“To achieve real breakthroughs for the most neglected patients, it is essential to bring together multiple partners from both the private and public sectors, to do everything from upstream laboratory research, to creating the medicines and conducting the clinical trials. The partners in Latin America have the capacity to work at all of these levels and have the added advantage of coming from a region where these diseases are endemic”, said Dr Bernard Pécoul, Executive Director of DNDi.
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Chagas disease (American trypanosomiasis) infects an estimated 8 to 10 million people, mostly in Latin America, where it is endemic in 21 countries. It kills some 12,000 people each year, making it the leading parasitic killer in the Americas. The estimated global economic burden reaches US $7.2 billion per year. The most affected are very poor and live in inadequate housing conditions and often have little access to healthcare. Cases are also rising in North America, Europe, Japan, and Australia.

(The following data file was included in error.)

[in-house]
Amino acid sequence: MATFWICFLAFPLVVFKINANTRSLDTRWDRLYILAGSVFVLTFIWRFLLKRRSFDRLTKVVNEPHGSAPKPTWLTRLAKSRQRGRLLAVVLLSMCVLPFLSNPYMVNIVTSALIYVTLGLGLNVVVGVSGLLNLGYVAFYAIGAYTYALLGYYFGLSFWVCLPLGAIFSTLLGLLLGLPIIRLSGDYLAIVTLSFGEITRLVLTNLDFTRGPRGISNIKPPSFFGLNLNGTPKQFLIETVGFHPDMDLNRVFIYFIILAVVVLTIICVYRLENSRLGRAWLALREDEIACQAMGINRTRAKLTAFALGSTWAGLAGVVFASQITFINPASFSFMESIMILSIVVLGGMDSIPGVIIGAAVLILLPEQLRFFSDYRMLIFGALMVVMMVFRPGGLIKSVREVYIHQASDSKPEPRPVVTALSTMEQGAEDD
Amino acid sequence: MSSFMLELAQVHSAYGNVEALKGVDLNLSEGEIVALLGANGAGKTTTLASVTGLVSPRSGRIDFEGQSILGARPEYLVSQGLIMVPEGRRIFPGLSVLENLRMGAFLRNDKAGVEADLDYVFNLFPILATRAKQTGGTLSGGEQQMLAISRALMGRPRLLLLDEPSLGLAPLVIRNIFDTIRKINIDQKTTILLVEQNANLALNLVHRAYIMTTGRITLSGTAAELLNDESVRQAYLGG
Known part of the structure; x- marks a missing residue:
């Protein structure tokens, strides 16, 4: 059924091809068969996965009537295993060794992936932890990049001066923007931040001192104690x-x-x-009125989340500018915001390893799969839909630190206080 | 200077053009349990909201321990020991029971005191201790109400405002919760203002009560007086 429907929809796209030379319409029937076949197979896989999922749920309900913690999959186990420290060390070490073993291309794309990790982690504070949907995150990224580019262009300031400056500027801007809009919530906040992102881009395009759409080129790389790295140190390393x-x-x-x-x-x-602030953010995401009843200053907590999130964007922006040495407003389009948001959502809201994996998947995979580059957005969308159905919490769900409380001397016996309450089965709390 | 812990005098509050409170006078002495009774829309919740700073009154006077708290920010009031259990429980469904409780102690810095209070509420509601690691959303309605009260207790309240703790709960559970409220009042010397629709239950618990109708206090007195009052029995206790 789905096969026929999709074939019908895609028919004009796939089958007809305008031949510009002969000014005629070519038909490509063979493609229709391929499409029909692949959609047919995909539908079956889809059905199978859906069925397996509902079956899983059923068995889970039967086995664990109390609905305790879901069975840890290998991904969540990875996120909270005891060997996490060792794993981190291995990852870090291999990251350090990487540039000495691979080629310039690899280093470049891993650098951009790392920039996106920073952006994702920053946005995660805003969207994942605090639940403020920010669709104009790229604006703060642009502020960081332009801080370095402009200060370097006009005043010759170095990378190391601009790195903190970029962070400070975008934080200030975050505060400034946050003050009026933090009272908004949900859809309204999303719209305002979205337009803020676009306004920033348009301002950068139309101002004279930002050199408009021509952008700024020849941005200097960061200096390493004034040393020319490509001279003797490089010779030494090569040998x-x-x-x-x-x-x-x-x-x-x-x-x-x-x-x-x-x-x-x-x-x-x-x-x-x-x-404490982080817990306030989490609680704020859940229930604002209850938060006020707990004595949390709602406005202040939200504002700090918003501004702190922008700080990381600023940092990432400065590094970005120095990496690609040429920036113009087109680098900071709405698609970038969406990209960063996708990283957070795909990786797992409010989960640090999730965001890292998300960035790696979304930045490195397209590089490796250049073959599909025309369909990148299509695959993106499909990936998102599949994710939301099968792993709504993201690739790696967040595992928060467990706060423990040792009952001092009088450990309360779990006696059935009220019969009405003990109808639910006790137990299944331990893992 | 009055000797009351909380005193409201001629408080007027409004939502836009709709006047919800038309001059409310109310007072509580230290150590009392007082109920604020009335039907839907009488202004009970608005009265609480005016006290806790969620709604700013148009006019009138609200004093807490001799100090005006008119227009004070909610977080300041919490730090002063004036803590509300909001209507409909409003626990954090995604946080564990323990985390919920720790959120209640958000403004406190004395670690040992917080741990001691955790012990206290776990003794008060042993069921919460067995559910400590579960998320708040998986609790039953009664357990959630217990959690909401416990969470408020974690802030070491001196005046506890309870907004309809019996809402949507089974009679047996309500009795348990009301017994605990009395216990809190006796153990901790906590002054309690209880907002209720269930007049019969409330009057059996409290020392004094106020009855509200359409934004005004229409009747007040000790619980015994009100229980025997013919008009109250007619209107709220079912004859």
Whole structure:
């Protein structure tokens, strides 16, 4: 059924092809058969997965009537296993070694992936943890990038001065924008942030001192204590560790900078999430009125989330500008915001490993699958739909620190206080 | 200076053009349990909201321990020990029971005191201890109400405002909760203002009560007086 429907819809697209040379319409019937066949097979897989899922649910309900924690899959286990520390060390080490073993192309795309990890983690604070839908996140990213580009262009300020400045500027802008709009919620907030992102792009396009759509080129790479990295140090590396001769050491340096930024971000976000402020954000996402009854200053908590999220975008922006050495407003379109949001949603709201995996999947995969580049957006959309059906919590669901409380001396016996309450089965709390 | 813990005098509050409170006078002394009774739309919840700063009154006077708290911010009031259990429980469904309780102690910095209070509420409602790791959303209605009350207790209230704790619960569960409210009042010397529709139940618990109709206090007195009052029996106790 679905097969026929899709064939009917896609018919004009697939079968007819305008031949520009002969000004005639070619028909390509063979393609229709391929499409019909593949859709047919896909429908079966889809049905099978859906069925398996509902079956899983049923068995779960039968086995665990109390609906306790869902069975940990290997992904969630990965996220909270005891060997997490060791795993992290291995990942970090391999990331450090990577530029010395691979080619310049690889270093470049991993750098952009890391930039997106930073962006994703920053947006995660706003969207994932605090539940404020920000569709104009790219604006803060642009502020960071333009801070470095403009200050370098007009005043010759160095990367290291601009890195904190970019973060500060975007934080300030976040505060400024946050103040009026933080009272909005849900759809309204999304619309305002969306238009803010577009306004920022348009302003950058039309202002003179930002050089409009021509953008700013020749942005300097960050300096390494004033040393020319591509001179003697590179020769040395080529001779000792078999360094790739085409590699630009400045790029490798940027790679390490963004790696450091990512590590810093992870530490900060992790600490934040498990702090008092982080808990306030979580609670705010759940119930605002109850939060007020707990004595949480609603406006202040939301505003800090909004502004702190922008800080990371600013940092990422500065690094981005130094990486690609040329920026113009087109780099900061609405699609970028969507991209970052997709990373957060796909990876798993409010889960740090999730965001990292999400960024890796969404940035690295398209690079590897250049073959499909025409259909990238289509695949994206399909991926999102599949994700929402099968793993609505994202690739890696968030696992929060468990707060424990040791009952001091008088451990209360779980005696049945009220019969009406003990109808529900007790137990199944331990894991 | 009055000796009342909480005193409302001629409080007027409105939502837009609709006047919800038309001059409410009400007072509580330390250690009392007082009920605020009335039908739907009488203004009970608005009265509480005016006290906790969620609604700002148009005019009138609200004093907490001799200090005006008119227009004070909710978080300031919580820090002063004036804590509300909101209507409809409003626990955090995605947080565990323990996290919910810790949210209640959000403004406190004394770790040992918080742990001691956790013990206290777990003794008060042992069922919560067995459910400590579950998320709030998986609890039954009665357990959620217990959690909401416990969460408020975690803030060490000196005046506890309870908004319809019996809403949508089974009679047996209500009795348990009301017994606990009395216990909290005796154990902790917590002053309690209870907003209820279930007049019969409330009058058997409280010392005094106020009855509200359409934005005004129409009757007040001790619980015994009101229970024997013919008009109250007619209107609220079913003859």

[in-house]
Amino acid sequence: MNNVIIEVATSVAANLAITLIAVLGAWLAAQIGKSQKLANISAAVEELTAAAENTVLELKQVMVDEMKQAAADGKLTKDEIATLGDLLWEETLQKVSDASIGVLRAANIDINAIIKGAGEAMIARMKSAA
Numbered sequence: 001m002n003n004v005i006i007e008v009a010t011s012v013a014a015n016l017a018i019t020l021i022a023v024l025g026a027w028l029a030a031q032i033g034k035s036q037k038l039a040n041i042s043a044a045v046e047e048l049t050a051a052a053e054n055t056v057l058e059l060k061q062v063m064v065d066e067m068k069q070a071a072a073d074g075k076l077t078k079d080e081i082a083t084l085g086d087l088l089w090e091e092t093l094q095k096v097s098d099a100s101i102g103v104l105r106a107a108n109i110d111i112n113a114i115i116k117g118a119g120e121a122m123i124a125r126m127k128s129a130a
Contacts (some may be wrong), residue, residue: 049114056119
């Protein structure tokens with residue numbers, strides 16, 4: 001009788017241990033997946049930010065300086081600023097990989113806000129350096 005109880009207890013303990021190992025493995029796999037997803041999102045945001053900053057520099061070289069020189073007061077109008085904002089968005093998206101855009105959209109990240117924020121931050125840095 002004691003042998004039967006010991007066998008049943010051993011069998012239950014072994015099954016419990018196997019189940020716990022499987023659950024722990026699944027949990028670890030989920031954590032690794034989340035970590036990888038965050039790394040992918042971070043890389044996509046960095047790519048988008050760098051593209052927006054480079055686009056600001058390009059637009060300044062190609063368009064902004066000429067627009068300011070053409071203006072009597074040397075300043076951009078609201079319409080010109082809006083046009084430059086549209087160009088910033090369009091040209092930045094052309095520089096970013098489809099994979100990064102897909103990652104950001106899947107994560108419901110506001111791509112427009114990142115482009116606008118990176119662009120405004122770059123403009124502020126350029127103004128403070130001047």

Caused by the parasite Trypanosoma cruzi, Chagas disease starts with an early, acute stage lasting about two months, and is followed by a late, chronic stage lasting a lifetime, in which up to 30% of patients develop heart damage and up to 10% may have severe damage to their digestive system. In early adulthood, patients with these symptoms ultimately die, usually from heart damage.
The Chagas parasite is primarily transmitted via the bite of the blood-sucking triatome bug, sometimes called the ‘kissing bug’. Chagas is also transmitted by blood transfusion, organ transplantation, oral ingestion, or during pregnancy from mother to newborn. The latter, congenital Chagas disease, represents the most important mode of transmission in the coming years. It is estimated that over 14,000 new such cases occur annually globally.